Not everyone, including some on the left and even a few in our party, appreciated this. Much the same could be said about the peace movement that took nowhere near full advantage of this political opportunity. As Election Day approached, too few threw themselves heart and soul into the struggle to change Congress, and too much time was spent bemoaning the Democrats. At best they damned them with faint praise.
Luckily, tens of millions of people were of the opinion that the ballot box, despite its limitations, was the most powerful way to express their unhappiness with the war as well as other policies of the Bush administration and acted accordingly.
Struggle for Racial and Gender Equality
A commitment to the struggle for racial and gender equality is at the core of our outlook and practice. The struggle for equality is an inseparable part of the class struggle and the struggle for socialism. It is at the heart of democratic and social progress.
In recent decades vast political, economic, and social transformations have altered the class, national, and racial demographics of the population and the terrain on which the working class and it allies battle their class enemies. Nevertheless, the fight for full equality retains its overarching strategic importance, although it has to be fitted to today’s conditions – politically, economically, socially, culturally and ideologically.
Anyone who devalues the struggle for racial and gender equality in any of its forms gravely weakens the overall struggle for social progress. At the very least, such devaluation limits the sweep of any victory; at worst, it provides an opening to the most backward sections of our ruling class and their political constituency to gain ascendancy. In fact, isn’t that what we have seen over the past quarter century?
Wasn’t the ascendancy of the extreme right achieved in large measure by racist appeals to white voters?
In nearly every category that measures social well-being, the conditions of racially oppressed people have worsened. In the communities of the African American, Latino, Asian American, Native American, and other nationally and racially oppressed peoples the situation is at crisis levels.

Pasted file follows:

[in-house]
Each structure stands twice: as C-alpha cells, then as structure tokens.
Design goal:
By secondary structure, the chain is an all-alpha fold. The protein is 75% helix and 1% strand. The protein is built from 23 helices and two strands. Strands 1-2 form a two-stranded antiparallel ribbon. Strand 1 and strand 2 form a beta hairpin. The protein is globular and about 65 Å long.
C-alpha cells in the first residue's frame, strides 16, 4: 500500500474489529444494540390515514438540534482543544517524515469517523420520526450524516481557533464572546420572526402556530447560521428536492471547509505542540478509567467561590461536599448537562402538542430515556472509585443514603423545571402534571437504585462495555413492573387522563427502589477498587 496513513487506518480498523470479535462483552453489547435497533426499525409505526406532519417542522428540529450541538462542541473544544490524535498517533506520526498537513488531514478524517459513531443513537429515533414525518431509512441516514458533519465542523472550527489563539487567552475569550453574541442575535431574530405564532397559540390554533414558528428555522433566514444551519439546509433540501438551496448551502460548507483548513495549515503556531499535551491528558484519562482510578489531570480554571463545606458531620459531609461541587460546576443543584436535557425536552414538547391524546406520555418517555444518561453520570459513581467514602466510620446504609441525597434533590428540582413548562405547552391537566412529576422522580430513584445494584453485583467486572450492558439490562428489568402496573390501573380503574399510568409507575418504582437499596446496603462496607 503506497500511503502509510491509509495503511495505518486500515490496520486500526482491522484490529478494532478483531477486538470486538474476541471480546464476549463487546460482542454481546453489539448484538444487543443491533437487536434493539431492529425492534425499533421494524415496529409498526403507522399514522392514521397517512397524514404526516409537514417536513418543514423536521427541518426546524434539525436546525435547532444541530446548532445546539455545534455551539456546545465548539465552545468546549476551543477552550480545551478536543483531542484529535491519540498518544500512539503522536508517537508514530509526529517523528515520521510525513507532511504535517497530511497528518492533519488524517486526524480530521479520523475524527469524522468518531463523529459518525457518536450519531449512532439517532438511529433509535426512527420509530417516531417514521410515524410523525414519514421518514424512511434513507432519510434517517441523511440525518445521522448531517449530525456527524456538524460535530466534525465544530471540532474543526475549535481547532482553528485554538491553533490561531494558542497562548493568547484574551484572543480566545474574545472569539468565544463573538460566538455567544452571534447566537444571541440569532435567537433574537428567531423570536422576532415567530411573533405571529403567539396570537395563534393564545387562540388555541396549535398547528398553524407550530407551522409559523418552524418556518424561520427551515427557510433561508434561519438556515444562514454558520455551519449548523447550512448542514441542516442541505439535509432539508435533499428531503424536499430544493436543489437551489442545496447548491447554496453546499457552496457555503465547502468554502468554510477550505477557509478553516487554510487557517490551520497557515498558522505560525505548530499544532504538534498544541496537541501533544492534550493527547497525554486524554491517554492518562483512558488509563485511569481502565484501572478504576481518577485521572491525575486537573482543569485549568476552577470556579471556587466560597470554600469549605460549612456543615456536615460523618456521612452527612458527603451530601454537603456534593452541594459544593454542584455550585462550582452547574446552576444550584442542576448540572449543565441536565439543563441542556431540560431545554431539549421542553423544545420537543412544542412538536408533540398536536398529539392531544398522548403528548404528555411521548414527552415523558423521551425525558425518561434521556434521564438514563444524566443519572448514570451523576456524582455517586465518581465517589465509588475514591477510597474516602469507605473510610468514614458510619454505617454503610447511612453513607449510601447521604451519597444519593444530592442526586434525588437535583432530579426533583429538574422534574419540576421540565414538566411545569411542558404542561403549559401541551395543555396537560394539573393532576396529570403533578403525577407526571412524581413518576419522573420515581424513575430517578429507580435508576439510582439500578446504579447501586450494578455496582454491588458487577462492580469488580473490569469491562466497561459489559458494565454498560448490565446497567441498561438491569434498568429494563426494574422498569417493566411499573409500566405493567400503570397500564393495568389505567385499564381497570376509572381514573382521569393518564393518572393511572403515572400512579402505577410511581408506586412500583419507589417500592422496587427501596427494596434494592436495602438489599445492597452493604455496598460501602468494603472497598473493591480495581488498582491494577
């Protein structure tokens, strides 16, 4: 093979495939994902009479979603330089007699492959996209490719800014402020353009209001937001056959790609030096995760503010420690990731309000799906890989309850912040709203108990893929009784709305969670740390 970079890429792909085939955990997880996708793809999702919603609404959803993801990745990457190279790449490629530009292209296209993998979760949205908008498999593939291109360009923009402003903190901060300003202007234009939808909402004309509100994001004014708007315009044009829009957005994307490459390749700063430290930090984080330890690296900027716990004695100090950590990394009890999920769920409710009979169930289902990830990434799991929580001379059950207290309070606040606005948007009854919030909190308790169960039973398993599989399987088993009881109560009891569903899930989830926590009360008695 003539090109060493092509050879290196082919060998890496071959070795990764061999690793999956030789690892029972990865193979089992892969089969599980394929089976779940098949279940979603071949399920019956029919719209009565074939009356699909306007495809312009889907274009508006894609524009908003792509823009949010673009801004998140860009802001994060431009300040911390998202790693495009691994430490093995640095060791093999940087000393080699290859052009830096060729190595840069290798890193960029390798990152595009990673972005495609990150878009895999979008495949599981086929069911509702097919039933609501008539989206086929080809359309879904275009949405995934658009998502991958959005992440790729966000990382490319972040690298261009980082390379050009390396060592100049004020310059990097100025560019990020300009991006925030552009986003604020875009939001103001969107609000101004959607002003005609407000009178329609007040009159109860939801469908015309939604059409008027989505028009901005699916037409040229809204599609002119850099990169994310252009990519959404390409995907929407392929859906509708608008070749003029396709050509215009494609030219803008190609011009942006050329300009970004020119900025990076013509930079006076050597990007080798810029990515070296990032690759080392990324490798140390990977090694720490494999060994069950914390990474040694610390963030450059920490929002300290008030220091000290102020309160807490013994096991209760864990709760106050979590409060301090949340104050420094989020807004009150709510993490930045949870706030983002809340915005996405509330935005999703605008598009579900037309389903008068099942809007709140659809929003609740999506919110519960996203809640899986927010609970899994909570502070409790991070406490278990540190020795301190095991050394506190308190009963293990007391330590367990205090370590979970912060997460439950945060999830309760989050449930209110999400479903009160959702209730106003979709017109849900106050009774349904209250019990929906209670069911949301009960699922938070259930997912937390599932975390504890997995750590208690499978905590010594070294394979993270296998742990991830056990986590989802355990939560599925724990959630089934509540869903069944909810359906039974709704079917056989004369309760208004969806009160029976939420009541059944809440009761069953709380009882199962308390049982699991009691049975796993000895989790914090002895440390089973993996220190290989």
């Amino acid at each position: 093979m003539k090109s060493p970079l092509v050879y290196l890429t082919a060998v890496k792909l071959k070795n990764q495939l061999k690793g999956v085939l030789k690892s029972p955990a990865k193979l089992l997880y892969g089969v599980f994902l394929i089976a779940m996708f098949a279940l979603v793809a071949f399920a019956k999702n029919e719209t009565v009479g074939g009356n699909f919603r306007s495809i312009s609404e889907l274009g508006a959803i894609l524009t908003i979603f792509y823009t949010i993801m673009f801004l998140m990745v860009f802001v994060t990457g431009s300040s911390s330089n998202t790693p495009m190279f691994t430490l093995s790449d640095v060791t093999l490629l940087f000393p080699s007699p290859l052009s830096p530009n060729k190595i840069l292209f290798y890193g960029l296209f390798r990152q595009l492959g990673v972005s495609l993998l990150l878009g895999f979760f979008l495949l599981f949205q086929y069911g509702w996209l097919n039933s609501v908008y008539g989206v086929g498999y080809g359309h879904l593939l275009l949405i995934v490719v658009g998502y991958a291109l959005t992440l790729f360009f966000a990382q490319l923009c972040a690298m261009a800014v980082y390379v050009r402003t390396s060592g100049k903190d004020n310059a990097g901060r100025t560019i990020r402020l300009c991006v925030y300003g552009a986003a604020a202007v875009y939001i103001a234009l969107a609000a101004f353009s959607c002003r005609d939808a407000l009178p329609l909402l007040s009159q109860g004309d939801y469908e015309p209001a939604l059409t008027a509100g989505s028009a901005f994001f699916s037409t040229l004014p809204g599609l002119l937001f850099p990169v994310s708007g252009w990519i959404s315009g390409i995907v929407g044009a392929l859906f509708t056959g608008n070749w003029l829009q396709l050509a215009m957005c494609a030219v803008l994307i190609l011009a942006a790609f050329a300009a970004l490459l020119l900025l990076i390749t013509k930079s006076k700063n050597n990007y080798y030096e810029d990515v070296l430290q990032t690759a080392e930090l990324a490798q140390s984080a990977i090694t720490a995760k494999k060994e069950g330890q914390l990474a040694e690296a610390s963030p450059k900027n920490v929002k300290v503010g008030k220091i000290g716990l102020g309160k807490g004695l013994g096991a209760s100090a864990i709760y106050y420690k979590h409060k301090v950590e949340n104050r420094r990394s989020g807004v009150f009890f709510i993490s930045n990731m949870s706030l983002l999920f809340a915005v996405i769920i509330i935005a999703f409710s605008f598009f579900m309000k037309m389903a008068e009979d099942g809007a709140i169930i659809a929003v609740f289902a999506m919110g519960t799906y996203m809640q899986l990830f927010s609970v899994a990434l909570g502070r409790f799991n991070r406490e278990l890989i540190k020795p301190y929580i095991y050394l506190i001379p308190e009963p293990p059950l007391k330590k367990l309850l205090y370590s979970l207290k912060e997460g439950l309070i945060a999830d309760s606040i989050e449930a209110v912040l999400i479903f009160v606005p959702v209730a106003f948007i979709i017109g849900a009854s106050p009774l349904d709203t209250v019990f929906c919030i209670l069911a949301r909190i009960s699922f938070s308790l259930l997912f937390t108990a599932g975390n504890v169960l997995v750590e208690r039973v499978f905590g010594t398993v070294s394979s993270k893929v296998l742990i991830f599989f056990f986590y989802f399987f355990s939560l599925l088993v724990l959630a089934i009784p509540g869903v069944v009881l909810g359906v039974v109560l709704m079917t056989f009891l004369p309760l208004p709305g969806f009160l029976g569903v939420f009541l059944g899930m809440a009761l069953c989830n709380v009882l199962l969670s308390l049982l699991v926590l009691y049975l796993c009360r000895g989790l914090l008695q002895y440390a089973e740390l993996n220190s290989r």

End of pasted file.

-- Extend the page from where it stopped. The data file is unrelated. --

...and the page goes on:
It seems like jails can’t be constructed fast enough to accommodate the swelling prison population of whom the disproportionate number are young, African American and Latino men.
Women’s rights have been under siege too – reproductive rights, equal pay for comparable work, living wages, parental leave, quality public education, health care, and affirmative action are being shredded by the extreme right. Racially oppressed women are in the eye of both storms.
The objective of this many-sided assault is not simply to wipe out gains won in earlier periods, but also to crush the fighting spirit of the African American, Mexican American, and other nationally and racially oppressed peoples and women and their developing strategic alliance with labor.
The ruling class well understands that the convergence of labor, the nationally and racially oppressed, and women constitutes its most formidable foe and presages a future without exploitation and oppression.
After all, the nationally and racially oppressed and women are not simply objects of super-exploitation and oppression, but also are fighters, organizers and unifiers; they bring insights and understandings to every struggle; and they bridge the main sectors of the people’s movement.